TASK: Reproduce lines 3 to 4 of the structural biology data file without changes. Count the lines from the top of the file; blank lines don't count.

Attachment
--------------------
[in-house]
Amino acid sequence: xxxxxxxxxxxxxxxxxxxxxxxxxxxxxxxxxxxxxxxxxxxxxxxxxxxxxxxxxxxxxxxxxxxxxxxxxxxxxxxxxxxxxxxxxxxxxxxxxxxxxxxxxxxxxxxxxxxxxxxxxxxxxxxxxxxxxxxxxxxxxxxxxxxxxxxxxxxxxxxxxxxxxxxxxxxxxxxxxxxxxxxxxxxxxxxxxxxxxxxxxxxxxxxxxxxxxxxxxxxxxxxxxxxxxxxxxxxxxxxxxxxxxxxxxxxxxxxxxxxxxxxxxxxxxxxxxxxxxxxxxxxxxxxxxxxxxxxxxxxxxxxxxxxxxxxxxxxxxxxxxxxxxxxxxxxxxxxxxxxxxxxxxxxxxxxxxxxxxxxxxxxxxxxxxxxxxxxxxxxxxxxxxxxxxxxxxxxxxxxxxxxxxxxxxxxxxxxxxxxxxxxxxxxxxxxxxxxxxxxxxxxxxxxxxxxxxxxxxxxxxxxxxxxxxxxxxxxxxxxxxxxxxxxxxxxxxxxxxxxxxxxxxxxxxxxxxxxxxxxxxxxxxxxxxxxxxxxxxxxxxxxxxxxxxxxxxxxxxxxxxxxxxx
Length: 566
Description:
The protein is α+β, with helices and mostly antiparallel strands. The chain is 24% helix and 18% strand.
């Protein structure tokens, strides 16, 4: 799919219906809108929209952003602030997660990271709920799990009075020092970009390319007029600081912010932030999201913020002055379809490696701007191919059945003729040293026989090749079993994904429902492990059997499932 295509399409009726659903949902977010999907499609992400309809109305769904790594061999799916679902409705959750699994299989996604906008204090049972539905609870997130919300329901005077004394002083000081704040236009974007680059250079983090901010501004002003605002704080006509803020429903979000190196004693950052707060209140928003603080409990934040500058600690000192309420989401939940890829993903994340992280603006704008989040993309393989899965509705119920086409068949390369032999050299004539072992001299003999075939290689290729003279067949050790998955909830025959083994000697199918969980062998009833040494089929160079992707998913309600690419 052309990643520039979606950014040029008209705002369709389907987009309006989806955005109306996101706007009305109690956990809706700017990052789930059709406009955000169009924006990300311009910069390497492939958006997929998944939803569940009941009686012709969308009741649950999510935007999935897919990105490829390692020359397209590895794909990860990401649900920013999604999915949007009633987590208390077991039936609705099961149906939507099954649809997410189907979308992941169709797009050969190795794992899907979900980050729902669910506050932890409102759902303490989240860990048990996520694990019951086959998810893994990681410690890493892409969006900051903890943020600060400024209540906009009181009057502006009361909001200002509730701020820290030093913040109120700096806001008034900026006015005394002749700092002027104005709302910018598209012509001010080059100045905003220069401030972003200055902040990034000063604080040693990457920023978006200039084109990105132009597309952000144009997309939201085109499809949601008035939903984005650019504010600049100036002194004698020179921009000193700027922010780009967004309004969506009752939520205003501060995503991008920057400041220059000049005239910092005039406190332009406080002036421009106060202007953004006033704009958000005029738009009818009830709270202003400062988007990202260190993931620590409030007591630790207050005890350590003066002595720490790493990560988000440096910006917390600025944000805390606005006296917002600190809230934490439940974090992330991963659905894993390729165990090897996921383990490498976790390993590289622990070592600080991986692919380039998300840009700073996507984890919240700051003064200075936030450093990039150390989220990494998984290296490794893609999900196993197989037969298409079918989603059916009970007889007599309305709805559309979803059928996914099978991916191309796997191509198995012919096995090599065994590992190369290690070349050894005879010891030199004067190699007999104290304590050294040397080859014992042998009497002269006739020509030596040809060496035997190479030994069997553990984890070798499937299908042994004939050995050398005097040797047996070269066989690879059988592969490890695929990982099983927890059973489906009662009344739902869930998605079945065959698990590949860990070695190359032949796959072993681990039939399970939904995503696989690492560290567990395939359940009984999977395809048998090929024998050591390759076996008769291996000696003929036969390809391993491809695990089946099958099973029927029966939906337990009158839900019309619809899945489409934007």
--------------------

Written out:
Length: 566
Description: